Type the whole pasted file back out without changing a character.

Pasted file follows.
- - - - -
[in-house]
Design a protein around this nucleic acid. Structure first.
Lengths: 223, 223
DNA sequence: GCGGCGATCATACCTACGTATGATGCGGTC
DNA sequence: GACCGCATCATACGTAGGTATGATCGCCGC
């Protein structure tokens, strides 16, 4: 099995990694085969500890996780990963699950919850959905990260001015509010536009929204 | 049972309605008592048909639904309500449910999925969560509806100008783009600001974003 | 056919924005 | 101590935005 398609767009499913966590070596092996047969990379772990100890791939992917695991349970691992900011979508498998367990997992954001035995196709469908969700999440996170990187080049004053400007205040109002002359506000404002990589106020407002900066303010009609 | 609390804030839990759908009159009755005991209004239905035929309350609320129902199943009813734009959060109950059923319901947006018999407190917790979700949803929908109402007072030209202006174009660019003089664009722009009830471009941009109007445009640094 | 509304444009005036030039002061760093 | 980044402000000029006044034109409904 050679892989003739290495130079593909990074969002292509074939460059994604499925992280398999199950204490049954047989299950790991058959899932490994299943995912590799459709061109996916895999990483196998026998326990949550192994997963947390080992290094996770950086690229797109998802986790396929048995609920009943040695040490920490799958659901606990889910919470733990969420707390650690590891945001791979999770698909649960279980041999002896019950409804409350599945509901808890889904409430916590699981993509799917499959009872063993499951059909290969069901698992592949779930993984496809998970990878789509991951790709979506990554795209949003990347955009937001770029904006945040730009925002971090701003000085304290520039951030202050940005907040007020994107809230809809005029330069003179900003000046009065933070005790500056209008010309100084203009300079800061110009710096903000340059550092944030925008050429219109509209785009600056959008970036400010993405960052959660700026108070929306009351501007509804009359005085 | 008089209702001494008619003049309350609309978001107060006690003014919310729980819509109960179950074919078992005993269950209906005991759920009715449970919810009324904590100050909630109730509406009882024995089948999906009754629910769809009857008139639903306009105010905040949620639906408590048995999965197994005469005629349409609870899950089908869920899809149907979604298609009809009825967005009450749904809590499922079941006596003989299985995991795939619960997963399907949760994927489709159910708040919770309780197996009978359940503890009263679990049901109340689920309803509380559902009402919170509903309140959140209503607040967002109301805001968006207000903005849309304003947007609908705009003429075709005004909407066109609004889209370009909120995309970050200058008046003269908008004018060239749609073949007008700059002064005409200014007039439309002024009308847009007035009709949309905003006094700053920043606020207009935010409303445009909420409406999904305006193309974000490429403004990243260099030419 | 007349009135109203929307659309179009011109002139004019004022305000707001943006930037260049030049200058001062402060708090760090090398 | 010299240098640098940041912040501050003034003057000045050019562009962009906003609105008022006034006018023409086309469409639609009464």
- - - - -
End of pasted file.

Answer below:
[in-house]
Design a protein around this nucleic acid. Structure first.
Lengths: 223, 223
DNA sequence: GCGGCGATCATACCTACGTATGATGCGGTC
DNA sequence: GACCGCATCATACGTAGGTATGATCGCCGC
């Protein structure tokens, strides 16, 4: 099995990694085969500890996780990963699950919850959905990260001015509010536009929204 | 049972309605008592048909639904309500449910999925969560509806100008783009600001974003 | 056919924005 | 101590935005 398609767009499913966590070596092996047969990379772990100890791939992917695991349970691992900011979508498998367990997992954001035995196709469908969700999440996170990187080049004053400007205040109002002359506000404002990589106020407002900066303010009609 | 609390804030839990759908009159009755005991209004239905035929309350609320129902199943009813734009959060109950059923319901947006018999407190917790979700949803929908109402007072030209202006174009660019003089664009722009009830471009941009109007445009640094 | 509304444009005036030039002061760093 | 980044402000000029006044034109409904 050679892989003739290495130079593909990074969002292509074939460059994604499925992280398999199950204490049954047989299950790991058959899932490994299943995912590799459709061109996916895999990483196998026998326990949550192994997963947390080992290094996770950086690229797109998802986790396929048995609920009943040695040490920490799958659901606990889910919470733990969420707390650690590891945001791979999770698909649960279980041999002896019950409804409350599945509901808890889904409430916590699981993509799917499959009872063993499951059909290969069901698992592949779930993984496809998970990878789509991951790709979506990554795209949003990347955009937001770029904006945040730009925002971090701003000085304290520039951030202050940005907040007020994107809230809809005029330069003179900003000046009065933070005790500056209008010309100084203009300079800061110009710096903000340059550092944030925008050429219109509209785009600056959008970036400010993405960052959660700026108070929306009351501007509804009359005085 | 008089209702001494008619003049309350609309978001107060006690003014919310729980819509109960179950074919078992005993269950209906005991759920009715449970919810009324904590100050909630109730509406009882024995089948999906009754629910769809009857008139639903306009105010905040949620639906408590048995999965197994005469005629349409609870899950089908869920899809149907979604298609009809009825967005009450749904809590499922079941006596003989299985995991795939619960997963399907949760994927489709159910708040919770309780197996009978359940503890009263679990049901109340689920309803509380559902009402919170509903309140959140209503607040967002109301805001968006207000903005849309304003947007609908705009003429075709005004909407066109609004889209370009909120995309970050200058008046003269908008004018060239749609073949007008700059002064005409200014007039439309002024009308847009007035009709949309905003006094700053920043606020207009935010409303445009909420409406999904305006193309974000490429403004990243260099030419 | 007349009135109203929307659309179009011109002139004019004022305000707001943006930037260049030049200058001062402060708090760090090398 | 010299240098640098940041912040501050003034003057000045050019562009962009906003609105008022006034006018023409086309469409639609009464």